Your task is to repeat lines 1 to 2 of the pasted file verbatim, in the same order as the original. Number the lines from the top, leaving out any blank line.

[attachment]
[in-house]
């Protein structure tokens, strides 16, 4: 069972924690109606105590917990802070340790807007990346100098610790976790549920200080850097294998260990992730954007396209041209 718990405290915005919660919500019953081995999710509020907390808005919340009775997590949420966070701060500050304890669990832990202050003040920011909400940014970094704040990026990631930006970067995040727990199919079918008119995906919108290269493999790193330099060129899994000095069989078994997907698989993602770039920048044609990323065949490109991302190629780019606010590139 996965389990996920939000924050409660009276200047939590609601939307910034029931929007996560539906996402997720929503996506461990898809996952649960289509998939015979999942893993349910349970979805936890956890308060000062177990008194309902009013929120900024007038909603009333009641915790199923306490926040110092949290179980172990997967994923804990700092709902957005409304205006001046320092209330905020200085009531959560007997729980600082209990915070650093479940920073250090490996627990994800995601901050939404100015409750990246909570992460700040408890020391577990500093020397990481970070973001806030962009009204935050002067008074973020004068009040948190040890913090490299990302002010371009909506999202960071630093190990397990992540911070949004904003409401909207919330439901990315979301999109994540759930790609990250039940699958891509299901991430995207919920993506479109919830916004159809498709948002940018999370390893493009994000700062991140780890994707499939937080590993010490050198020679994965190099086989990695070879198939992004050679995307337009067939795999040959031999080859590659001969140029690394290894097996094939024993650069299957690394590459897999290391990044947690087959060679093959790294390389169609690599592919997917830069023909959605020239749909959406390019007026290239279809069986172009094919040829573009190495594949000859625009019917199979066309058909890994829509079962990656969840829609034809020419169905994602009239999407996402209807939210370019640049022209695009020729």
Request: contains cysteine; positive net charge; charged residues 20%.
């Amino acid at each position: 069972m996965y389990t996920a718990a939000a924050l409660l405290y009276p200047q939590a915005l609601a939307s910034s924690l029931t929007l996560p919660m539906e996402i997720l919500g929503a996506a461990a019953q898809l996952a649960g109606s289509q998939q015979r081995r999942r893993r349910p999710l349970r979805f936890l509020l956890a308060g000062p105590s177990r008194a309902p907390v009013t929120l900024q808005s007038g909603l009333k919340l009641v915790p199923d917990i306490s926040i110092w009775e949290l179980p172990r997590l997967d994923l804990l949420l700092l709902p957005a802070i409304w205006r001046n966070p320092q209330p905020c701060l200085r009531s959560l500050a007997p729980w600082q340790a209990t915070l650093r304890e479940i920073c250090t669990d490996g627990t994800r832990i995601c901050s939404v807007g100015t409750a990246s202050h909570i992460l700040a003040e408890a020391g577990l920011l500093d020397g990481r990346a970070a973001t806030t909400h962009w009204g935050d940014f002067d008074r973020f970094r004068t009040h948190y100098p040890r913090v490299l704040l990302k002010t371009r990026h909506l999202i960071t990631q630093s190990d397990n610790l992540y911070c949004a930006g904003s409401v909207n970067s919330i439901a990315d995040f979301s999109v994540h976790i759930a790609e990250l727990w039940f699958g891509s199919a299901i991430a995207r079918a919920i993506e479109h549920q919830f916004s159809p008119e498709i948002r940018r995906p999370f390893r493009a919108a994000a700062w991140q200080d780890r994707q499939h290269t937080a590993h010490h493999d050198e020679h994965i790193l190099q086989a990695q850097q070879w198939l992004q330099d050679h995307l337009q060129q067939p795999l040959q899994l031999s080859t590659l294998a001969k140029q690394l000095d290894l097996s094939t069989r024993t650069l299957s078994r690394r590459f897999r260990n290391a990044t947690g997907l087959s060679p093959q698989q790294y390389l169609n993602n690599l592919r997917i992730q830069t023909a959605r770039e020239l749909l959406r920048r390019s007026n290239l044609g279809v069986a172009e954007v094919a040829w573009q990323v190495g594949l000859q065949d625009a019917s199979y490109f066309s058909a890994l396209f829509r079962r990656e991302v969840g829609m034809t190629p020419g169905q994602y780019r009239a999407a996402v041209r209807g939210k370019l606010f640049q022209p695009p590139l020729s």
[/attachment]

[in-house]
């Protein structure tokens, strides 16, 4: 069972924690109606105590917990802070340790807007990346100098610790976790549920200080850097294998260990992730954007396209041209 718990405290915005919660919500019953081995999710509020907390808005919340009775997590949420966070701060500050304890669990832990202050003040920011909400940014970094704040990026990631930006970067995040727990199919079918008119995906919108290269493999790193330099060129899994000095069989078994997907698989993602770039920048044609990323065949490109991302190629780019606010590139 996965389990996920939000924050409660009276200047939590609601939307910034029931929007996560539906996402997720929503996506461990898809996952649960289509998939015979999942893993349910349970979805936890956890308060000062177990008194309902009013929120900024007038909603009333009641915790199923306490926040110092949290179980172990997967994923804990700092709902957005409304205006001046320092209330905020200085009531959560007997729980600082209990915070650093479940920073250090490996627990994800995601901050939404100015409750990246909570992460700040408890020391577990500093020397990481970070973001806030962009009204935050002067008074973020004068009040948190040890913090490299990302002010371009909506999202960071630093190990397990992540911070949004904003409401909207919330439901990315979301999109994540759930790609990250039940699958891509299901991430995207919920993506479109919830916004159809498709948002940018999370390893493009994000700062991140780890994707499939937080590993010490050198020679994965190099086989990695070879198939992004050679995307337009067939795999040959031999080859590659001969140029690394290894097996094939024993650069299957690394590459897999290391990044947690087959060679093959790294390389169609690599592919997917830069023909959605020239749909959406390019007026290239279809069986172009094919040829573009190495594949000859625009019917199979066309058909890994829509079962990656969840829609034809020419169905994602009239999407996402209807939210370019640049022209695009020729």